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Laurel Thoennes @ Quality Digest

Quality Insider

Books: “Data Sanity”--Statistics Are Doable

Forget everything you learned about statistics from textbooks.

Published: Monday, June 22, 2009 - 14:44

In his book Data Sanity: A Quantum Leap to Unprecedented Results (Medical Group Management Association, 2009) author Davis Balestracci passionately teaches a new way of thinking about improvement and integrating quality into the fabric of your organization. 

How often do you find an expert who has spent 25 years mastering a category of knowledge who can successfully relate to novices, intermediates, and experts of quality improvement? Balestracci does it in Data Sanity, and does it with wit, humor, and memorable examples that make the book, not only useful, but a thoroughly enjoyable read. By the way, Quality Digest readers will immediately recognize Balestracci’s no-nonsense, no-one-is-safe approach whenever he discusses how statistics are mishandled in the workplace.

Although the book’s emphasis appears to be on the use of statistics and process-oriented thinking in a health care environment, Davis’ approach can be applied to any industry, especially any service industry, including education.

Some of the topics covered in Data Sanity are:

  • Statistical thinking as a conduit to transformation
  • Quality improvement in a context of balanced scorecards
  • A leadership belief system: basic skills for transforming culture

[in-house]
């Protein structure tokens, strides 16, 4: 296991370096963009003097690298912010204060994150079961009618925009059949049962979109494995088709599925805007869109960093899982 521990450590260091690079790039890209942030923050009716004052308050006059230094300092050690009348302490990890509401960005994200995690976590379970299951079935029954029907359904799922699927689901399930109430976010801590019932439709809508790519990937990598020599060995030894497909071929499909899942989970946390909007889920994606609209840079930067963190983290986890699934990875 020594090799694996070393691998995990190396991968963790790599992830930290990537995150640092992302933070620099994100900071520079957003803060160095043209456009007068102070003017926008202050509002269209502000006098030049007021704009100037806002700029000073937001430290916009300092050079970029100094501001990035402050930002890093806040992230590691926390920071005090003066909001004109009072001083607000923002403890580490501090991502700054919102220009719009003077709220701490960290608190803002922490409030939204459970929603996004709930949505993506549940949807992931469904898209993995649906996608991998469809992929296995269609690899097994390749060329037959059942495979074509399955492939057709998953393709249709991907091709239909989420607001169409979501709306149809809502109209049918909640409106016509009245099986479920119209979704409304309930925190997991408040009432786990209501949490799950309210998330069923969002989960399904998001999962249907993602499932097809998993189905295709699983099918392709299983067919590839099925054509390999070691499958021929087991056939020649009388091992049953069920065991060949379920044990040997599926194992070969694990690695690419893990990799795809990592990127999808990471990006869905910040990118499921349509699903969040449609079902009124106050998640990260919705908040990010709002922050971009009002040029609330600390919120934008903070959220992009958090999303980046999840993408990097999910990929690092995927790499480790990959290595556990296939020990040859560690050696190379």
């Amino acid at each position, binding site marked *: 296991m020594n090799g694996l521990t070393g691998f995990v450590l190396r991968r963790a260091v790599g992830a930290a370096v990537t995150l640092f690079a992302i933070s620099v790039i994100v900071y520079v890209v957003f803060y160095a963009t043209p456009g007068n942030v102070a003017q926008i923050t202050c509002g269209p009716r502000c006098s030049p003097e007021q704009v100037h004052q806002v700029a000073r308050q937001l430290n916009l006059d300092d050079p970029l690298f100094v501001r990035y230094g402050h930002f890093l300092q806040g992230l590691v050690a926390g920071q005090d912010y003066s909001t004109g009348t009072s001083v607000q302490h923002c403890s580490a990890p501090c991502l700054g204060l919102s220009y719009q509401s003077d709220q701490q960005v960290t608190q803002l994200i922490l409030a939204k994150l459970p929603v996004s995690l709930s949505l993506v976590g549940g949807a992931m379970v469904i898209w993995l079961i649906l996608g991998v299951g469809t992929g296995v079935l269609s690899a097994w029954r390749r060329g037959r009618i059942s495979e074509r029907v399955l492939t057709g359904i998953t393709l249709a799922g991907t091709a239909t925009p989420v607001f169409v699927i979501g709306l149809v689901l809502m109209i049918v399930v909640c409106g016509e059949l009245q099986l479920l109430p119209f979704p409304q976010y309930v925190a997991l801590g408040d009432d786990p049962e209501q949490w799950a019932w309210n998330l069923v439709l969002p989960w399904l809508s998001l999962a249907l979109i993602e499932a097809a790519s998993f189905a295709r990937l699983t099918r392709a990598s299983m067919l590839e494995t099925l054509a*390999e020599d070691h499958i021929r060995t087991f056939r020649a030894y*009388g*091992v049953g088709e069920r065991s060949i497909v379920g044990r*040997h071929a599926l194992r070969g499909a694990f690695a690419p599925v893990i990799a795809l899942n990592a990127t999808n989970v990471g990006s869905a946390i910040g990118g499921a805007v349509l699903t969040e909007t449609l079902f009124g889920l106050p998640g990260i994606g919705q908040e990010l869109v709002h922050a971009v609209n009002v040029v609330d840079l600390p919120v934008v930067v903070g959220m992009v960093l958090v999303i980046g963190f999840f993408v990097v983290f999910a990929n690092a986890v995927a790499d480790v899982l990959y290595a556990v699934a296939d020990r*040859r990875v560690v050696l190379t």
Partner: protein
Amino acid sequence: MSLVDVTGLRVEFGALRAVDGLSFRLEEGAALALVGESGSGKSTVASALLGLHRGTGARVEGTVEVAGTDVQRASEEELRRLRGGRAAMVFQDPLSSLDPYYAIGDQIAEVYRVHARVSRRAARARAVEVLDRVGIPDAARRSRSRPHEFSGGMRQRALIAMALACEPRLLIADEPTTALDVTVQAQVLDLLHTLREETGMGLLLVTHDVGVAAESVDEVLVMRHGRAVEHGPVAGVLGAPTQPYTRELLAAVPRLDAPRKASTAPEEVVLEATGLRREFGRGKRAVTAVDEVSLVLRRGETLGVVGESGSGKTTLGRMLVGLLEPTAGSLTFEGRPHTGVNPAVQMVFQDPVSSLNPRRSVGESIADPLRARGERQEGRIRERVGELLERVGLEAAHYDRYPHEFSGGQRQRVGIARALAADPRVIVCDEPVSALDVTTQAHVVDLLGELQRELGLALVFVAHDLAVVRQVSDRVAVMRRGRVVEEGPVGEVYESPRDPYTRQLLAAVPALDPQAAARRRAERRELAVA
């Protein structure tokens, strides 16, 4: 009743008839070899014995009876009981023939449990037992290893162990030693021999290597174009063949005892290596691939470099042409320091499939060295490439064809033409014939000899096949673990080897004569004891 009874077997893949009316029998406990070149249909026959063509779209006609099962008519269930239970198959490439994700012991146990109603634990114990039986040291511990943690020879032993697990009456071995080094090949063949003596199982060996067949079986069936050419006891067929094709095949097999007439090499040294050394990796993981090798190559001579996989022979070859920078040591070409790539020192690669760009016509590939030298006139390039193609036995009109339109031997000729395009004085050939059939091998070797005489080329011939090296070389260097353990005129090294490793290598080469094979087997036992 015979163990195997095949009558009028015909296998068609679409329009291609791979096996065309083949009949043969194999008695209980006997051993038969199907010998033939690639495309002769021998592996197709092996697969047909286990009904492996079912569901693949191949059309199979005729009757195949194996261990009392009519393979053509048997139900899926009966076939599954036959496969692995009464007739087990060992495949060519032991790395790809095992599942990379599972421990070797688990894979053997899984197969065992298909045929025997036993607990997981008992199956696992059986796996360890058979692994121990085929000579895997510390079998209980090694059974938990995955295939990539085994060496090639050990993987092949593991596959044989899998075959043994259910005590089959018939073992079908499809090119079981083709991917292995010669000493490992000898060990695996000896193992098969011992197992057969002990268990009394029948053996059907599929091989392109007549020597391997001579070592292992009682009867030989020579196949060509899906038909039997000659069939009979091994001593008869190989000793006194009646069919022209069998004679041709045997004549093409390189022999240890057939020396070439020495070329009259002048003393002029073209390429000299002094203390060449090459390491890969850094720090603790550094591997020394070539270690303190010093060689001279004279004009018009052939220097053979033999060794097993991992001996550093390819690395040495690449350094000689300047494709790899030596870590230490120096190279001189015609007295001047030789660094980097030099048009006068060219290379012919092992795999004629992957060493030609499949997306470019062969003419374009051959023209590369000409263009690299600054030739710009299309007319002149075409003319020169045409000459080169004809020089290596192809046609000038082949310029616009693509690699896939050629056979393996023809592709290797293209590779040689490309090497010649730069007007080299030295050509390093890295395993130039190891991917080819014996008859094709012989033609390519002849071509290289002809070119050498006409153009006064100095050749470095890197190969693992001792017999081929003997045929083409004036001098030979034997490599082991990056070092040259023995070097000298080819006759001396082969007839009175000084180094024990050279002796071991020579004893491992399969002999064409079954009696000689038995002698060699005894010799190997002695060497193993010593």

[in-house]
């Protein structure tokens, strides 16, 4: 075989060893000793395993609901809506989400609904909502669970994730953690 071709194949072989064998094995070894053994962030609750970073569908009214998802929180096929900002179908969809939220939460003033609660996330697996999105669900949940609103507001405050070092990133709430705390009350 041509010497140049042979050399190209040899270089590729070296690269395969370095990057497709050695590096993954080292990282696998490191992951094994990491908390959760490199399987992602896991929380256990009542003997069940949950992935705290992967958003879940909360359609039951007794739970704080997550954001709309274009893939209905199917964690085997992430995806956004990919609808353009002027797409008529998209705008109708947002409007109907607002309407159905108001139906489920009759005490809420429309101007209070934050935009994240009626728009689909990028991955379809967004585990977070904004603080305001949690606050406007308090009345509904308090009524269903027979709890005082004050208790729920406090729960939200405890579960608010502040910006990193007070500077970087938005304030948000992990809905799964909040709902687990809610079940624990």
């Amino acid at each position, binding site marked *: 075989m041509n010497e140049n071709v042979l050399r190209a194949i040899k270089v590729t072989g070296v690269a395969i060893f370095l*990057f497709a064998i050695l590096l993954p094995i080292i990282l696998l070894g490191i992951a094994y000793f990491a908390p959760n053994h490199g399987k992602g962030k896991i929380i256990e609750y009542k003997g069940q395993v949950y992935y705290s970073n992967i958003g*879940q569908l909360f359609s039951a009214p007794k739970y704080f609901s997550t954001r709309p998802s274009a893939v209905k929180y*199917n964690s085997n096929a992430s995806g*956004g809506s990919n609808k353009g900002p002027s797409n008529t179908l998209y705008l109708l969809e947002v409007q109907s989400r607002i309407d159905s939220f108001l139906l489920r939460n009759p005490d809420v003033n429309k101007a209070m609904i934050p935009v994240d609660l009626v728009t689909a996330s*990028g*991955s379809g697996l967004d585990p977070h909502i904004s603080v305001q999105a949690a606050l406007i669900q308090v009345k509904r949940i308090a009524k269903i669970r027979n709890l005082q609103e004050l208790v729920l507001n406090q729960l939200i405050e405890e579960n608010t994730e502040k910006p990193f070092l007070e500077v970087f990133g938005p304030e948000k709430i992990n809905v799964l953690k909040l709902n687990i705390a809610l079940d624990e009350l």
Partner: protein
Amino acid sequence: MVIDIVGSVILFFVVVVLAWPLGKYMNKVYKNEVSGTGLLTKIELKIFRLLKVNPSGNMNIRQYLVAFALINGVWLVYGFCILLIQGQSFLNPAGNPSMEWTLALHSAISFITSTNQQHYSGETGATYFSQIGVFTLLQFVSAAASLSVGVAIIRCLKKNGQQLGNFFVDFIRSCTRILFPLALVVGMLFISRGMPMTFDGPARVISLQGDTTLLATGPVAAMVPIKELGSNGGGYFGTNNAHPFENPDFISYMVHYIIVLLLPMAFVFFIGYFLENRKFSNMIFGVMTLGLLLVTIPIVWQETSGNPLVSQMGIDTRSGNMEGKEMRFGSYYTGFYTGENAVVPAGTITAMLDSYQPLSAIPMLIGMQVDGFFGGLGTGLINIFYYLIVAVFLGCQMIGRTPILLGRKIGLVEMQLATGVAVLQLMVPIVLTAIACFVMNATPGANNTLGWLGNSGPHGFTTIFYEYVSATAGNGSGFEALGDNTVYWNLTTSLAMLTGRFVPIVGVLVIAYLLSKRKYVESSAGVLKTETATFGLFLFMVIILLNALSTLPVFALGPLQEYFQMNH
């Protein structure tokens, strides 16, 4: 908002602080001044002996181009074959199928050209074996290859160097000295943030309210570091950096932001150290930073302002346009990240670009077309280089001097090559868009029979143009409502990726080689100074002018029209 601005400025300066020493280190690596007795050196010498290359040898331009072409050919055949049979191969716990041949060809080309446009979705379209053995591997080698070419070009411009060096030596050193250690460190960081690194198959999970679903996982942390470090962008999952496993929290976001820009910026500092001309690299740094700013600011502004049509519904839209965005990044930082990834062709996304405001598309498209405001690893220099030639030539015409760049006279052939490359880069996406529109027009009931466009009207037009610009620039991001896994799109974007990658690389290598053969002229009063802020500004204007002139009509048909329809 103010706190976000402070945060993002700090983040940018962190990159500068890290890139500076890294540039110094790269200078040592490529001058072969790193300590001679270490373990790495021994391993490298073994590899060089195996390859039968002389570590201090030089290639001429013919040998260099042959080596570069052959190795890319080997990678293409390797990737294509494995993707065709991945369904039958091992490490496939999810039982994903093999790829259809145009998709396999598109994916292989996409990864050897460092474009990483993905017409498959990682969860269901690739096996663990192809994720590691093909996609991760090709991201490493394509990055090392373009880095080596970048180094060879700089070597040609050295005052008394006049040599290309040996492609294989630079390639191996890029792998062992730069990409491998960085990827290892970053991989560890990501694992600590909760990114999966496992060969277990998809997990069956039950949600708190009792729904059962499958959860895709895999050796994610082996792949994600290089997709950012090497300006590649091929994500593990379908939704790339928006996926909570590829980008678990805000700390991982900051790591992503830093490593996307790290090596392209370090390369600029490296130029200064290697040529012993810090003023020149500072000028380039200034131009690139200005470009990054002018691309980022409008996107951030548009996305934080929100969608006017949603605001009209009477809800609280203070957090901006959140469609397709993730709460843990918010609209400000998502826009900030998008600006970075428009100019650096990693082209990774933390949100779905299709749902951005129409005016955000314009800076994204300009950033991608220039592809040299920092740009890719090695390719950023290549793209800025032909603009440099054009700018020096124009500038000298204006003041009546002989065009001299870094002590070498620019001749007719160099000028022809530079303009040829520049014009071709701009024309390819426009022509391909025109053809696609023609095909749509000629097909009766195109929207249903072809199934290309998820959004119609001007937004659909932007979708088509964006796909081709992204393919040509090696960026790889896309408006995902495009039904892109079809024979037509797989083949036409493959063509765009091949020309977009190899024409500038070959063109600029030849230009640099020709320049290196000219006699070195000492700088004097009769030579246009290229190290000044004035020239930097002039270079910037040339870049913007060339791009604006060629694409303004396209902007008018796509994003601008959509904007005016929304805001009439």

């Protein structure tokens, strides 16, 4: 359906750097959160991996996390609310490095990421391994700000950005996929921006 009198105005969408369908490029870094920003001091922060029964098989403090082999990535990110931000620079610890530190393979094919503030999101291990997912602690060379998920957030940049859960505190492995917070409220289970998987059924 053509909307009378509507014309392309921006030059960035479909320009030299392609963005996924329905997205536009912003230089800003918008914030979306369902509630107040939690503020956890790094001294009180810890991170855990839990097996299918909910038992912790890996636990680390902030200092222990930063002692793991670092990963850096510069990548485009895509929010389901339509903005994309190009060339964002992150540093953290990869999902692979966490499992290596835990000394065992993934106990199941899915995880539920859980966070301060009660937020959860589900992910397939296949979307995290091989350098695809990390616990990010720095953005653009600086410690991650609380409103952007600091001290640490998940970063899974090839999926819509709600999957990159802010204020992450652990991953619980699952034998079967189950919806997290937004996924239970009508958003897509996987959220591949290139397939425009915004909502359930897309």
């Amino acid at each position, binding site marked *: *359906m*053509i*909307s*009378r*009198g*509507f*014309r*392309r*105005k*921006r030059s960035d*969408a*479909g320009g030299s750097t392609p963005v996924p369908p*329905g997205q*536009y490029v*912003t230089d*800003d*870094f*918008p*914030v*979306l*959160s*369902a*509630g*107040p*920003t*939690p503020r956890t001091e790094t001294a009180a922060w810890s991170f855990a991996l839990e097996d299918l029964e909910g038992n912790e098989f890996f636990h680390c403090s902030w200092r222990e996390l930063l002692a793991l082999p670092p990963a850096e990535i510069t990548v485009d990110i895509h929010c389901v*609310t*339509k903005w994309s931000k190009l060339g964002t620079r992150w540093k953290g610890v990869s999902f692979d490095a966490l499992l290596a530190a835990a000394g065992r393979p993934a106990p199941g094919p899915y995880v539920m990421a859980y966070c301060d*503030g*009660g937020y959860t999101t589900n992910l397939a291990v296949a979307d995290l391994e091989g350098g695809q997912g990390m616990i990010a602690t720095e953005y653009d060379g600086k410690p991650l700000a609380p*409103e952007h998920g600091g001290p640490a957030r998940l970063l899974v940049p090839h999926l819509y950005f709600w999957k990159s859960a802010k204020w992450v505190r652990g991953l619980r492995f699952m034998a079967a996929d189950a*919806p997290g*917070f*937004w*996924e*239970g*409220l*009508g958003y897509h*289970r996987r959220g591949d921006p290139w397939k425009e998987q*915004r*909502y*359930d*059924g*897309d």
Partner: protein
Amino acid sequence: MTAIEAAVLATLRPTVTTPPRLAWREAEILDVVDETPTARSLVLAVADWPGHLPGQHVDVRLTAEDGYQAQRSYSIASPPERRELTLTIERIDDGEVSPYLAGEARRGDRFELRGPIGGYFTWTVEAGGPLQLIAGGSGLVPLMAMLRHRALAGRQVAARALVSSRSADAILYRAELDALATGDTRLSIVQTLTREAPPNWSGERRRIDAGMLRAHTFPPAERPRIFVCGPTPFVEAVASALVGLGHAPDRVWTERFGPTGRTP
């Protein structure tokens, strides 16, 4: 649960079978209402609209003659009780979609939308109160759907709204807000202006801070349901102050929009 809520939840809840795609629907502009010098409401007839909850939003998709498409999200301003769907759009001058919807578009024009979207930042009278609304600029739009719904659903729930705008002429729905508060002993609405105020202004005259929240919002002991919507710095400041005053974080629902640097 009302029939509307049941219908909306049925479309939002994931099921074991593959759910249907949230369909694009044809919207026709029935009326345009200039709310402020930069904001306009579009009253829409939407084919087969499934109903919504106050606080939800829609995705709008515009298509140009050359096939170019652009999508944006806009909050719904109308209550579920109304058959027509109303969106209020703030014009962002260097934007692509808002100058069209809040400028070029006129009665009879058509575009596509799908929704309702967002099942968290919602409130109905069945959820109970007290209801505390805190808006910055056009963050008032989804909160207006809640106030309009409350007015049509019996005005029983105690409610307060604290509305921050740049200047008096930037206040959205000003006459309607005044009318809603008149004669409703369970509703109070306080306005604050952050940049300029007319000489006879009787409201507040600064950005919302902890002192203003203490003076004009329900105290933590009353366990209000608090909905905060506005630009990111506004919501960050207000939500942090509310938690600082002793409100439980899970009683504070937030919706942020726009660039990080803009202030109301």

• An executive team handbook: creating the culture to deliver desired new results
  • The deeper implications of process-oriented thinking: data and improvement processes
  • Process-oriented statistics: studying a process in time sequence
  • Statistical stratification: analysis of means
  • The ins and outs of surveys: understanding the customer

 

Forget everything you learned about statistics from textbooks, says Balestracci. Statistical methods required for everyday work are much simpler than imagined, and you’ll be surprised that statistics are quite doable.

As Davis likes to say (often and with emphasis) “Too many people in ‘quality’ don’t ‘get’ quality.” In Data Sanity, so diverse are the examples and his explications leave no doubt that Davis makes quality improvement accessible in every sense of the word, especially as Webster’s puts it “that can be got.”

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About The Author

Laurel Thoennes @ Quality Digest’s picture

Laurel Thoennes @ Quality Digest

Laurel Thoennes is an editor at Quality Digest. She has worked in the media industry for 33 years at newspapers, magazines, and UC Davis—the past 25 years with Quality Digest.